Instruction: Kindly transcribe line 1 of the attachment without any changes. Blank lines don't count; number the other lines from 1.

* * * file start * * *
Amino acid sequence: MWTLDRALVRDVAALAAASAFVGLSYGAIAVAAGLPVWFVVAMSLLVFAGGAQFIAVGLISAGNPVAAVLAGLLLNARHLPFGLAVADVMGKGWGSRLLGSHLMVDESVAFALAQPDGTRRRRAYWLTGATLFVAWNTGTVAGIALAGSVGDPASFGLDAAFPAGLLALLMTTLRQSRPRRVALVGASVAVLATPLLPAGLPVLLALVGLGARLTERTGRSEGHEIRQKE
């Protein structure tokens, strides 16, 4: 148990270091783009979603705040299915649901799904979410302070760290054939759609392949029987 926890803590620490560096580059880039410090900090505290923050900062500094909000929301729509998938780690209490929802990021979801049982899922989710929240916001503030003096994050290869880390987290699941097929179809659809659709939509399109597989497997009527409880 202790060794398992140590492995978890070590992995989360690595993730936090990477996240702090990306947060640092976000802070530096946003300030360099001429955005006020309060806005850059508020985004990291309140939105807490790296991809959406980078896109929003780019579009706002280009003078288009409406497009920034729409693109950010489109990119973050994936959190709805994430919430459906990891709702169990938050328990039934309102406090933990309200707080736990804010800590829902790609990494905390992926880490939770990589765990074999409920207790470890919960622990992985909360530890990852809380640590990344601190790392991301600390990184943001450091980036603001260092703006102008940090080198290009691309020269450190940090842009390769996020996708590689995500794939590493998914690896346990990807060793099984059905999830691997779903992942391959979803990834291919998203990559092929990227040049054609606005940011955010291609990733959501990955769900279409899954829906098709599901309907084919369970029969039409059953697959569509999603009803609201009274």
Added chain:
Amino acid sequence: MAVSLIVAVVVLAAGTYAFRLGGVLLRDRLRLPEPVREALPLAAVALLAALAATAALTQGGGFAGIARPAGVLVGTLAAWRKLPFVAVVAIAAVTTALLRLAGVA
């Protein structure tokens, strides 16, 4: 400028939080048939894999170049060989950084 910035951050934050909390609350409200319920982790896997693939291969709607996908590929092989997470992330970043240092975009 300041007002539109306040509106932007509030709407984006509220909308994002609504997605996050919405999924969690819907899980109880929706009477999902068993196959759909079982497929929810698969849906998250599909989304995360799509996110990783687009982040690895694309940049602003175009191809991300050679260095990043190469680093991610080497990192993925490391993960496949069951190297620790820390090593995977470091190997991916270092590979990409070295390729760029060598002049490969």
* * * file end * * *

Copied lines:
Amino acid sequence: MWTLDRALVRDVAALAAASAFVGLSYGAIAVAAGLPVWFVVAMSLLVFAGGAQFIAVGLISAGNPVAAVLAGLLLNARHLPFGLAVADVMGKGWGSRLLGSHLMVDESVAFALAQPDGTRRRRAYWLTGATLFVAWNTGTVAGIALAGSVGDPASFGLDAAFPAGLLALLMTTLRQSRPRRVALVGASVAVLATPLLPAGLPVLLALVGLGARLTERTGRSEGHEIRQKE